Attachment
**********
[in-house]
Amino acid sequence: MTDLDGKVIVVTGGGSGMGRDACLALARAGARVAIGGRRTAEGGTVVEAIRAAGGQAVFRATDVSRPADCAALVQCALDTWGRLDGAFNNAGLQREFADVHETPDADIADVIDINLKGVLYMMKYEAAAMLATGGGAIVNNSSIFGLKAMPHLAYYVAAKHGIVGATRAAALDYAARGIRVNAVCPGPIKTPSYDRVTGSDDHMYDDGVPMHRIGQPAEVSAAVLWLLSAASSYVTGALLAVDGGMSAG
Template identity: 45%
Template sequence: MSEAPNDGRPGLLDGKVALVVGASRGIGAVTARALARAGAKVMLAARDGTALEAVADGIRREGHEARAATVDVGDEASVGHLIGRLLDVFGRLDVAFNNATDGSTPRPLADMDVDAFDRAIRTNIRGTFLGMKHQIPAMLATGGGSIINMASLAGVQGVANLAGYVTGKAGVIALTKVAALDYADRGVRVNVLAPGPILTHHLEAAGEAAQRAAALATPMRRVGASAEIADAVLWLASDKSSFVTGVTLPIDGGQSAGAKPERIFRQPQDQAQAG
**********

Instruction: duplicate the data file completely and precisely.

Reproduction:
[in-house]
Amino acid sequence: MTDLDGKVIVVTGGGSGMGRDACLALARAGARVAIGGRRTAEGGTVVEAIRAAGGQAVFRATDVSRPADCAALVQCALDTWGRLDGAFNNAGLQREFADVHETPDADIADVIDINLKGVLYMMKYEAAAMLATGGGAIVNNSSIFGLKAMPHLAYYVAAKHGIVGATRAAALDYAARGIRVNAVCPGPIKTPSYDRVTGSDDHMYDDGVPMHRIGQPAEVSAAVLWLLSAASSYVTGALLAVDGGMSAG
Template identity: 45%
Template sequence: MSEAPNDGRPGLLDGKVALVVGASRGIGAVTARALARAGAKVMLAARDGTALEAVADGIRREGHEARAATVDVGDEASVGHLIGRLLDVFGRLDVAFNNATDGSTPRPLADMDVDAFDRAIRTNIRGTFLGMKHQIPAMLATGGGSIINMASLAGVQGVANLAGYVTGKAGVIALTKVAALDYADRGVRVNVLAPGPILTHHLEAAGEAAQRAAALATPMRRVGASAEIADAVLWLASDKSSFVTGVTLPIDGGQSAGAKPERIFRQPQDQAQAG